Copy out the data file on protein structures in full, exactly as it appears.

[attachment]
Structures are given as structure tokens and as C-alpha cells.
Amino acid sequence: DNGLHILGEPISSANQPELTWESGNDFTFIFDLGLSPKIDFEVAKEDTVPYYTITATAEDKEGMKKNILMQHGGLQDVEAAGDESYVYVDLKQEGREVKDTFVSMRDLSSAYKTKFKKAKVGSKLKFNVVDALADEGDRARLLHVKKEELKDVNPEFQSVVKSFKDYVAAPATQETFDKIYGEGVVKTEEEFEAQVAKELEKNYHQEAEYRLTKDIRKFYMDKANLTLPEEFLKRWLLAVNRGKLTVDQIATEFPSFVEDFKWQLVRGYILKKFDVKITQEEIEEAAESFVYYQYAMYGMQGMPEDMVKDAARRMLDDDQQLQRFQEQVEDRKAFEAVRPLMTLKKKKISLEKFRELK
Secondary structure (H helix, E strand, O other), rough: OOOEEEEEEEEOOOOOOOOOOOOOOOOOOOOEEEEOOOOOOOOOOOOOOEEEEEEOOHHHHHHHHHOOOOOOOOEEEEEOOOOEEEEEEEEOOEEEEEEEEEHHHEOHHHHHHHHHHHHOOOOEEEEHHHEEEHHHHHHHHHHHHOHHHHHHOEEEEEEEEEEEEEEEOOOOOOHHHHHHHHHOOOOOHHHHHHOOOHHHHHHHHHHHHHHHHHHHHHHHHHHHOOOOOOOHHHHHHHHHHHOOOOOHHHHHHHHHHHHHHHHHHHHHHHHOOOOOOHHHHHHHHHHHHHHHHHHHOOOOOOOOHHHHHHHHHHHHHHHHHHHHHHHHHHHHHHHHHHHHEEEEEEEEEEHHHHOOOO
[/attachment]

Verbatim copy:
Structures are given as structure tokens and as C-alpha cells.
Amino acid sequence: DNGLHILGEPISSANQPELTWESGNDFTFIFDLGLSPKIDFEVAKEDTVPYYTITATAEDKEGMKKNILMQHGGLQDVEAAGDESYVYVDLKQEGREVKDTFVSMRDLSSAYKTKFKKAKVGSKLKFNVVDALADEGDRARLLHVKKEELKDVNPEFQSVVKSFKDYVAAPATQETFDKIYGEGVVKTEEEFEAQVAKELEKNYHQEAEYRLTKDIRKFYMDKANLTLPEEFLKRWLLAVNRGKLTVDQIATEFPSFVEDFKWQLVRGYILKKFDVKITQEEIEEAAESFVYYQYAMYGMQGMPEDMVKDAARRMLDDDQQLQRFQEQVEDRKAFEAVRPLMTLKKKKISLEKFRELK
Secondary structure (H helix, E strand, O other), rough: OOOEEEEEEEEOOOOOOOOOOOOOOOOOOOOEEEEOOOOOOOOOOOOOOEEEEEEOOHHHHHHHHHOOOOOOOOEEEEEOOOOEEEEEEEEOOEEEEEEEEEHHHEOHHHHHHHHHHHHOOOOEEEEHHHEEEHHHHHHHHHHHHOHHHHHHOEEEEEEEEEEEEEEEOOOOOOHHHHHHHHHOOOOOHHHHHHOOOHHHHHHHHHHHHHHHHHHHHHHHHHHHOOOOOOOHHHHHHHHHHHOOOOOHHHHHHHHHHHHHHHHHHHHHHHHOOOOOOHHHHHHHHHHHHHHHHHHHOOOOOOOOHHHHHHHHHHHHHHHHHHHHHHHHHHHHHHHHHHHHEEEEEEEEEEHHHHOOOO